Two cases being argued in July at the Federal Circuit attracted amicus briefs. One of those cases is Sun Pharmaceutical Industries, Inc. v. Incyte Corporation. In this case, the Federal Circuit will review a decision by the Patent Trial and Appeal Board that the inter partes review petitioner “has shown by a preponderance of the evidence that the challenged claims are unpatentable.” Notably, in this case, Sun Pharmaceutical Industries was substituted for Concert Pharmaceuticals as the appellant to reflect a recent merger. This is our argument preview.
In its opening brief, Sun Pharmaceutical Industries argues “[t]he official who denied [Sun]’s request for Director review was not a properly appointed principal officer.” It also contends the “Board applied the wrong legal standard to both the ‘motivation’ and ‘reasonable expectation’ components of the obviousness inquiry” and that it “erred in disregarding two objective indicia of nonobviousness.”
The government argues in its “brief for intervenor” that the constitutional challenges made by Sun have already been rejected by Federal Circuit. In its response brief, Incyte Corporation asserts the Board correctly applied precedent and also correctly “weighed the parties’ arguments and evidence [when it] determined that the challenged claims would have been obvious to a skilled artisan.”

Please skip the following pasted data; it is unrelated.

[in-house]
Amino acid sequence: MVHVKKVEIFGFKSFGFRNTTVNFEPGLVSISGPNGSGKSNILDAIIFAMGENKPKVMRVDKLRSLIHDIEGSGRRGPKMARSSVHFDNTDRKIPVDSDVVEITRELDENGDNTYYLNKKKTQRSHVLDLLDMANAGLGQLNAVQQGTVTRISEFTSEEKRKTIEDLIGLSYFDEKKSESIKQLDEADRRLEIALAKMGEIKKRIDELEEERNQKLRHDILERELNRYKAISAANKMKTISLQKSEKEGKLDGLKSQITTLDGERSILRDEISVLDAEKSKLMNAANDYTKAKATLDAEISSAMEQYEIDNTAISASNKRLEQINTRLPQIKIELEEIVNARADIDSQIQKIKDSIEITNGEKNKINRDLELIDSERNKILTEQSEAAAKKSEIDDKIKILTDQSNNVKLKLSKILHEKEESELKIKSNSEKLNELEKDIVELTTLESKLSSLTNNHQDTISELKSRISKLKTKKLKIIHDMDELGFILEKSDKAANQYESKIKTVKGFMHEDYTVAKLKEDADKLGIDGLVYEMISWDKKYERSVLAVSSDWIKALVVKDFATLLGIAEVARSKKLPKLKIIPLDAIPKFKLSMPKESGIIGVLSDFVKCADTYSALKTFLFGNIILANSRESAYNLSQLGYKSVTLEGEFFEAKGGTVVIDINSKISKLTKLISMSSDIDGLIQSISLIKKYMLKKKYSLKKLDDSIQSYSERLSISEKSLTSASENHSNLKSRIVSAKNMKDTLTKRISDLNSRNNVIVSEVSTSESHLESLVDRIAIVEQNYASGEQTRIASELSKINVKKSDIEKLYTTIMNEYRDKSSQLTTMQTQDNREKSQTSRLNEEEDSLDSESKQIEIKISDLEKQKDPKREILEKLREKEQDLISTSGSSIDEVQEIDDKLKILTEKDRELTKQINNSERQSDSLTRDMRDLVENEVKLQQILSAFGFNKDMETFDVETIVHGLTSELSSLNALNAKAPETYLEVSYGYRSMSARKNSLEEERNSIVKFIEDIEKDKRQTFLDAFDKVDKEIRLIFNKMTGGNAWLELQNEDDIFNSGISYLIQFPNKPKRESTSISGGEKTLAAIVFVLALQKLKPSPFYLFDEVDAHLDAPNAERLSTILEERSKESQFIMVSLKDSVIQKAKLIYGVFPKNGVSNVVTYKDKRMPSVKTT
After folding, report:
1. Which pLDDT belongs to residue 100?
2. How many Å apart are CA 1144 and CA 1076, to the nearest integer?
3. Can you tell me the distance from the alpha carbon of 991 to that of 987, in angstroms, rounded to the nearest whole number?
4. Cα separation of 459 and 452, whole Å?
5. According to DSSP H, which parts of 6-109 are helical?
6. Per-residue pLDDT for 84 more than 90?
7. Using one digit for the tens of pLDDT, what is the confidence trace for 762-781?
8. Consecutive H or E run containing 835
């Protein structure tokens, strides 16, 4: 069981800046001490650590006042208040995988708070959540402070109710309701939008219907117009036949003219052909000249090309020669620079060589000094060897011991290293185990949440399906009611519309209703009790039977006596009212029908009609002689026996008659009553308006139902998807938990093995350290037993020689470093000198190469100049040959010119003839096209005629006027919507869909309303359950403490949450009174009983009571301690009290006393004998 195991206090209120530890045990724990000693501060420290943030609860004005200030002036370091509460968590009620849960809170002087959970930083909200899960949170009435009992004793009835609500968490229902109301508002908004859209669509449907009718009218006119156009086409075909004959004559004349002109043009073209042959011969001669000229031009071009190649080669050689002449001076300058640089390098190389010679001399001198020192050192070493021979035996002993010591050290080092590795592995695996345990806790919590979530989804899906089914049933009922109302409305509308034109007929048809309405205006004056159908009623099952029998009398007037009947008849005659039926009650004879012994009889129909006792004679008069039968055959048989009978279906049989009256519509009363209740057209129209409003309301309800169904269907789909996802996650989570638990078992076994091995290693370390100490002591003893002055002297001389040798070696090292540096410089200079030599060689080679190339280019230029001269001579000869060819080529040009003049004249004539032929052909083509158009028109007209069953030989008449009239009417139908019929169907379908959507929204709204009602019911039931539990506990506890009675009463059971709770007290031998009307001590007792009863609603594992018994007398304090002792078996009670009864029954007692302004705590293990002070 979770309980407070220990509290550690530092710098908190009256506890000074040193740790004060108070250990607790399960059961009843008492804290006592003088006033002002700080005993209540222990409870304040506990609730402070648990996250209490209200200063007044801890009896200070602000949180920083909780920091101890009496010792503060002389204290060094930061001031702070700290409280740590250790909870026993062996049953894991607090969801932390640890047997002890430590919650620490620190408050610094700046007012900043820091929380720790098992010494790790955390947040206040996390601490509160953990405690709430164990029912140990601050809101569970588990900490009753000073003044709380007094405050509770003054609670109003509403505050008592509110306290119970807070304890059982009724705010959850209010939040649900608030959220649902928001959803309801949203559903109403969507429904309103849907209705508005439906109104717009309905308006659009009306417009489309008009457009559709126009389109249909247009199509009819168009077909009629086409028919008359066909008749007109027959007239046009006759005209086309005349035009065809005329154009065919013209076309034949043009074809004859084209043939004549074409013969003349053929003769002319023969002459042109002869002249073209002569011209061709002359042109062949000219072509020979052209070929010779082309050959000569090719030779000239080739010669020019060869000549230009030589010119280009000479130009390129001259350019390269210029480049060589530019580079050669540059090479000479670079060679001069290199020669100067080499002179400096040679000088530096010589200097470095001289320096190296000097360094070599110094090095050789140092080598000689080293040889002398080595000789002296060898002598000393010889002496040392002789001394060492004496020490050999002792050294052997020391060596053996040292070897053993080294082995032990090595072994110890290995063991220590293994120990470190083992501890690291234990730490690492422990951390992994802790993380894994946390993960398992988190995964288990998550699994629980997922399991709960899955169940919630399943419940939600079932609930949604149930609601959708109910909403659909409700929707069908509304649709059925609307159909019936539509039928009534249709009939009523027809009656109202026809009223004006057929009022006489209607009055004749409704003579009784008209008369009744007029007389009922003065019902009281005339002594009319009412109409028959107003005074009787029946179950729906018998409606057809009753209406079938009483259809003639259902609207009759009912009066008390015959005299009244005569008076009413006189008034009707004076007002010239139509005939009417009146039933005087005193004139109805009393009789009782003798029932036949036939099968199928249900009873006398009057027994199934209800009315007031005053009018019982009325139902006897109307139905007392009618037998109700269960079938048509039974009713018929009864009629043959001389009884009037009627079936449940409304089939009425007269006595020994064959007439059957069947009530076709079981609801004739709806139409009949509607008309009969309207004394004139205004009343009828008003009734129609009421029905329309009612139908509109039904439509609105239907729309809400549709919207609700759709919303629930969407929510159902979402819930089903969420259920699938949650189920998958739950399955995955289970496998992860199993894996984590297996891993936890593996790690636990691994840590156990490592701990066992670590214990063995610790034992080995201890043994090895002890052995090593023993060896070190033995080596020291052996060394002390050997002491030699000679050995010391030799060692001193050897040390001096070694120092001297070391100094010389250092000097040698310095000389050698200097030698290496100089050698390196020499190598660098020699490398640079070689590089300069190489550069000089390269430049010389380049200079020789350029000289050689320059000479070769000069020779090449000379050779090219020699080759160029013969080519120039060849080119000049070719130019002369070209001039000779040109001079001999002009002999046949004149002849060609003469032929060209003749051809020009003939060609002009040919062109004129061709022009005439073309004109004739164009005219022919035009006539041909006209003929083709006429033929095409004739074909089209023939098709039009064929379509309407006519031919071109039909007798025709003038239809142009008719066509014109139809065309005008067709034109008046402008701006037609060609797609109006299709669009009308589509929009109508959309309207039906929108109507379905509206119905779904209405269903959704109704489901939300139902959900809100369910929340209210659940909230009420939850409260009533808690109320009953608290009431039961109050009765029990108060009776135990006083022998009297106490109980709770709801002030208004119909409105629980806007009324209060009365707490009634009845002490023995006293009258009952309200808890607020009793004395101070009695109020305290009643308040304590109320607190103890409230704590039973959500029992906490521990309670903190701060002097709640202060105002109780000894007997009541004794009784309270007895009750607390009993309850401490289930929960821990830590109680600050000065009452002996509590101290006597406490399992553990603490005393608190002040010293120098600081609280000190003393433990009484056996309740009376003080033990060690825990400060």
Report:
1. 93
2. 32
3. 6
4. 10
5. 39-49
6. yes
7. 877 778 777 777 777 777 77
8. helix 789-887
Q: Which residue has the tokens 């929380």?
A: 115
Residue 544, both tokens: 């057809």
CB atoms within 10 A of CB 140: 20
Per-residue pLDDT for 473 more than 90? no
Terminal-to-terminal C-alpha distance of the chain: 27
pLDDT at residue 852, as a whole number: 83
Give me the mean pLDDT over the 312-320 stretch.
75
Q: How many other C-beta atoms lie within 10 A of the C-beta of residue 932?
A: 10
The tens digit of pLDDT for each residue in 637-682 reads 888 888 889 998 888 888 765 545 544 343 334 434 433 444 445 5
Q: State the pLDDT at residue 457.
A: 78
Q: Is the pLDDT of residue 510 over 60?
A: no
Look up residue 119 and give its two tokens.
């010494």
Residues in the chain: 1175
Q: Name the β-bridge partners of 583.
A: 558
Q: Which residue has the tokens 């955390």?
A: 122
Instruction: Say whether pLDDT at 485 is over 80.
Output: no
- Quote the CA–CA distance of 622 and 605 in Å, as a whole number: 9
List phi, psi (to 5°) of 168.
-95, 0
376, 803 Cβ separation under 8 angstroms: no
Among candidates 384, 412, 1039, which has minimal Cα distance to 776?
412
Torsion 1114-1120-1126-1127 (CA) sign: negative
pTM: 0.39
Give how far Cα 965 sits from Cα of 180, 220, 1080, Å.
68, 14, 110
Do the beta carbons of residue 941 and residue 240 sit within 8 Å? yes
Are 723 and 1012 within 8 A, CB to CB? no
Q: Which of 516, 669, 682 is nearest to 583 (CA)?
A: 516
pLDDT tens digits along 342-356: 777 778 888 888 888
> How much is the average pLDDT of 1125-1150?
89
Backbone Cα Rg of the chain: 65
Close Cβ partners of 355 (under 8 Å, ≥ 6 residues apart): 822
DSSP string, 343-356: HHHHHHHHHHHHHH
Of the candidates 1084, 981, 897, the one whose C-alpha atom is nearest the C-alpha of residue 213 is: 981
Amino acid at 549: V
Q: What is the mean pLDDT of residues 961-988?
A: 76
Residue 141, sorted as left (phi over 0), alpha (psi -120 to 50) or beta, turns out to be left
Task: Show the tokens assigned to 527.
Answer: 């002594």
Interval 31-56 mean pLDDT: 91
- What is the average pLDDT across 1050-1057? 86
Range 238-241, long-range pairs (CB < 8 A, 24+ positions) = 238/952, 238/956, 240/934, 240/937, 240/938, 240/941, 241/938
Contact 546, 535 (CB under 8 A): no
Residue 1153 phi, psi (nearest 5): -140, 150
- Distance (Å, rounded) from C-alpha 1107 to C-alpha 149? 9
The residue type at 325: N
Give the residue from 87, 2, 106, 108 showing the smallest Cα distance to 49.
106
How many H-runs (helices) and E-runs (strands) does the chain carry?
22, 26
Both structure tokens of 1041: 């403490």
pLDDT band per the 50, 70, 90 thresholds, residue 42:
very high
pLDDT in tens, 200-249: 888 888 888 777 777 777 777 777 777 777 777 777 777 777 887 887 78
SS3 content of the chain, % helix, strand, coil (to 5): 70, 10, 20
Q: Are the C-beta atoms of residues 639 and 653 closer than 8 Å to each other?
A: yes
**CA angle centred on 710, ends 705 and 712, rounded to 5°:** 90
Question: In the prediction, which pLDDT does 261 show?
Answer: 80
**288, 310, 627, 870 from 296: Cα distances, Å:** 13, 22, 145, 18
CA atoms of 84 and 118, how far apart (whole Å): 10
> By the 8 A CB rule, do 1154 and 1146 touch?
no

Sun Pharmaceutical Industries asserts in its reply brief that the facts of the case are undisputed and the dispute with respect to obviousness is “over the legal significance” of the facts. It further argues Incyte Corporation does not address the “key issue” regarding “whether a skilled artisan would have expected” the effect on the pharmacokinetic properties in question. Further, Sun reasserts, “the Board’s legal analysis was flawed” and the “legal errors require reversal.”
An amicus brief in support of Sun Pharmaceutical Industries was filed by Bald Girls Do Lunch, which emphasized how a “long-felt, unmet need” was satisfied “by the innovative . . . treatment claimed in” the appellant’s patent.
This case will be argued on Monday, July 10. We will report on any developments.